|1/3 A4||99 x 210|
|1/4 A4||74 x 210|
|1/8 A4||37 x 210|
|1/4 A3||105 x 297|
|1/3 A5||70 x 148|
The 1/3 A4 format (99 x 210 mm) is also commonly used for reduced letterheads or compliment slips, or for short notes that contain not much more than a single sentence message and fit without folding into a DL envelope.
For postal purposes, ISO 269 and DIN 678 define the following envelope formats:
|Format||Size (mm)||Content Format|
|C6||114 x 162||A4 folded twice = A6|
|DL||110 x 220||A4 folded twice = 1/3 A4|
|C6/C5||114 x 229||A4 folded twice = 1/3 A4|
|C5||162 x 229||A4 folded once = A5|
|C4||229 x 324||A4|
|C3||324 x 458||A3|
|B6||125 x 176||C6 envelope|
|B5||176 x 250||C5 envelope|
|B4||250 x 353||C4 envelope|
|E4||280 x 400||B4|
The DL format is the most widely used business letter format. Its size falls somewhat out of the system and equipment manufacturers have complained that it is slightly too small for the reliable automatic enveloping, therefore DIN 678 introduced the C6/C5 format as an alternative for DL.
There is no current ISO standard for envelopes with an address window, there is however a corresponding DIN standard. DIN 680 specifies that a transparent address window should measure 90mm x 45 mm with its left side 20 mm from the left edge of the envelope. For C6, DL, and C6/C5 envelopes, the bottom of the window should be 15 mm from the bottom edge of the envelope. For C4 envelopes, the top of the window should be either 27 or 45 mm from the top edge of the envelope.
Untrimmed paper formats
All A and B series formats described so far are trimmed paper end sizes, i.e. these are the dimensions of the paper delivered to the end user. Other ISO standards define the RA and SRA formats for untrimmed raw paper. These formats are only slightly larger than the corresponding A formats. Sheets in these formats are cut to the final size format after printing and binding. The ISO RA0 format has an area of 1.05 sq m and the ISO SRA0 format has an area of 1.15 sq m. These also follow the square root of 2 ratio and the half-area rule, but the dimensions of the base format have been rounded to the full centimetre. The common untrimmed paper formats printers order from the paper manufacturers or merchants are:
|RA Series Formats||SRA Series Formats
|RA0||860 x 1220||SRA0||900 x 1280|
|RA1||610 x 860||SRA1||640 x 900|
|RA2||430 x 610||SRA2||450 x 640|
|RA3||305 x 430||SRA3||320 x 450|
|RA4||215 x 305||SRA4||225 x 320|
Punched holes for filing
ISO 838 specifies that for filing purposes, two holes of 6±0.5 mm diameter can be punched into the sheets. The centers of the two holes are 80±0.5 mm apart and have a distance of 12±1 mm to the nearest edge of the sheet. The holes are located symmetrically in relation to the axis of the sheet or document. Any format that is at least as large as A7 can be filed using this system. Not specified in ISO 838, but also widely used, is an upwardly compatible 4-hole system. The two middle holes correspond to ISO 838, and the two additional holes are positioned 80 mm above and below these to give greater stability. Sheets with four punched holes corresponding to the ISO 838 standard, can be filed in ISO 838 2-hole binders.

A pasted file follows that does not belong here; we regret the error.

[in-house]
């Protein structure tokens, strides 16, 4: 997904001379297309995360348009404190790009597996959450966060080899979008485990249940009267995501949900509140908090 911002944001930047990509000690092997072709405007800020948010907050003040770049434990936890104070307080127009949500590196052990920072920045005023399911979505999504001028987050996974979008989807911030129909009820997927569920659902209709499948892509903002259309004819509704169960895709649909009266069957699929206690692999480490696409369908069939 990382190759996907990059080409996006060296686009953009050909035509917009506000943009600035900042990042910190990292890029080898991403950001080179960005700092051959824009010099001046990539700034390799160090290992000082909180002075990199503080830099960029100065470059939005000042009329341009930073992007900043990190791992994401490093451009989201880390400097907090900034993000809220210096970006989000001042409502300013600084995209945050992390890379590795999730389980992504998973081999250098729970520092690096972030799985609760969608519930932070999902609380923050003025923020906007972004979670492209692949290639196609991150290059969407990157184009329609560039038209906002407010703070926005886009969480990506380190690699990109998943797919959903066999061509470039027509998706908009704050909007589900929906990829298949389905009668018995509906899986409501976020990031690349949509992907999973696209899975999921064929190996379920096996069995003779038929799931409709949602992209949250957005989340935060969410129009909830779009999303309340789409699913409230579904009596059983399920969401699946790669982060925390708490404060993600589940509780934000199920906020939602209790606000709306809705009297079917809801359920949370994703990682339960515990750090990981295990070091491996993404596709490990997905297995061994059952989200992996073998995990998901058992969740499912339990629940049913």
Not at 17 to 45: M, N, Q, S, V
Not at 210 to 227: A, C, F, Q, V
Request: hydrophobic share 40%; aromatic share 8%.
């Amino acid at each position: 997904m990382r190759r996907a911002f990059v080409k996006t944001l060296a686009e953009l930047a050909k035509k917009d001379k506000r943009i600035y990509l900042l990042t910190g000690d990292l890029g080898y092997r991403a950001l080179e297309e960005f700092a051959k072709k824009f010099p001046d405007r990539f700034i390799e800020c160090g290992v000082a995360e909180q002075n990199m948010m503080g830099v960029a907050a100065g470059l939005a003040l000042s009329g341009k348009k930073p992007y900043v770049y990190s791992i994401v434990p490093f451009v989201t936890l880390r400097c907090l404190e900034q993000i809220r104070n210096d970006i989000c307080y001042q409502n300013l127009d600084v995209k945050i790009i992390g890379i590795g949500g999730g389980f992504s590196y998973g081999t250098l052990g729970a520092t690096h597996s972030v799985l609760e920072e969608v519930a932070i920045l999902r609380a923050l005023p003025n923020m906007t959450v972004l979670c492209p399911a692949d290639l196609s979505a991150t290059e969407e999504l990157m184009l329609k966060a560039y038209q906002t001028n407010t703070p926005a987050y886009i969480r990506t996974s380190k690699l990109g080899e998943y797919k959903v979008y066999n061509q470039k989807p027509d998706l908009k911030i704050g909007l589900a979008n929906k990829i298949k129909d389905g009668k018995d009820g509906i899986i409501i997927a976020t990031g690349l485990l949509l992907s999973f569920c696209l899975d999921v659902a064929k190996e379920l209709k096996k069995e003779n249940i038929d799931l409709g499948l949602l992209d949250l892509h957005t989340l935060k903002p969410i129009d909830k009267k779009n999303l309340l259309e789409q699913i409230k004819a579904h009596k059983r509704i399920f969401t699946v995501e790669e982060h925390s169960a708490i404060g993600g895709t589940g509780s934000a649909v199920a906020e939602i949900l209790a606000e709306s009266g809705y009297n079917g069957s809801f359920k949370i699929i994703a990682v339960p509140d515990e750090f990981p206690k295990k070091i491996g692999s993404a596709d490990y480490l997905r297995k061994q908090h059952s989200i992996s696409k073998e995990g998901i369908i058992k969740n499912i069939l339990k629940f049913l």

Folder and file sizes
ISO 623 specifies the sizes of folders and files intended to receive either A4 sheets or simple folders (without spine) that are not designed for any particular filing system or cabinet. The sizes specified are those of the overall rectangular surface when the folders or files are folded, excluding any margin or tabs. Simple folders without a spine or binding mechanism are 220 x 315 mm large. Folders and files with a very small spine (less than 25 mm) with or without a binding mechanism are 240 x 320 mm large. Files with a wide spine (exceeding 25 mm) are 250 x 320 mm (without a mechanism) or 290 x 320 mm if they include a binding mechanism. All are maximum dimensions. Standardizing folder and file sizes allows the optimization of shelf design.
ISO 7943-1 specifies two standard sizes of overhead projector picture areas: Type A is 250 x 250 mm (round corners with a radius less than 60 mm) and Type B is 285 x 285 mm (round corners with a radius less than 40 mm or cut off diagonally no more than 40 mm). Therefore, when using A4 transparencies, leave at least a 30 mm top and bottom margin.
ISO 7810 specifies identification cards and defines the following three standard formats: ID-1 = 85.60 x 53.98 mm (= 3.370 x 2.125 in), ID-2 = 105 x 74 mm (= A7), and ID-3 = 125 x 88 mm (= B7). ID-1 is the common format for banking cards (0.76 mm thick) and is also widely used for business cards and driver's licences. The standard passport format is B7 (= ID-3).
History of the ISO paper formats
The practical and aesthetic advantages of the square root of 2 aspect ratio for paper sizes were probably first noted by the physics professor Georg Christoph Lichtenberg (University of Göttingen, Germany, 1742-1799) in a letter he wrote in 1786 to Johann Beckmann. After introducing the meter measurement, the French government published in 1794 the "Loi sur le timbre" (no. 2136), a law on the taxation of paper defining several formats corresponding exactly to modern ISO paper sizes: "Grand registre" = ISO A2, "grand papier" = ISO B3, "moyen papier" = ISO A3, "petit papier" = ISO B4, "demi feuille" = ISO B5 and "effets de commerce" = ISO 1/2 B5.
The French format was never widely adopted and soon disappeared. The modern A, B, and C series paper formats, based on the exactly same design principles as the French system, were reinvented over a hundred years later in Germany by Dr. Walter Porstmann. They were adopted as the German standard DIN 476 in 1922 to replace the huge variety of other paper sizes in use until then, and to make paper stocking and reproduction methods cheaper and more efficient.
The DIN paper formats were soon also introduced in many other countries, for example Belgium (1924), Netherlands (1925), Norway (1926), Switzerland (1929), Sweden (1930), Soviet Union (1934), Hungary (1938), Italy (1939), Uruguay (1942), Argentina and Brazil (1943), Spain (1947), Austria (1948), Romania (1949), Japan (1951), Denmark and Czechoslovakia (1953), Israel and Portugal (1954), Yugoslavia (1956), India and Poland (1957), United Kingdom (1959), Venezuela (1962), New Zealand (1963), Iceland (1964), Mexico (1965), South Africa (1966), France/Peru/Turkey (1967), Chile (1968), Greece/Zimbabwe/Singapore (1970), Bangladesh (1972), Thailand and Barbados (1973), Australia and Ecuador (1974), Columbia and Kuwait (1975). Porstmann's DIN paper format system finally became both an international standard (ISO 216) as well as the official United Nations document format in 1975 and is today used in almost all countries. In 1977, a large German car manufacturer performed a study of the paper formats found in their incoming mail and concluded that out of 148 examined countries, 88 used already the A series formats then. [Source: Helbig/Hennig 1988]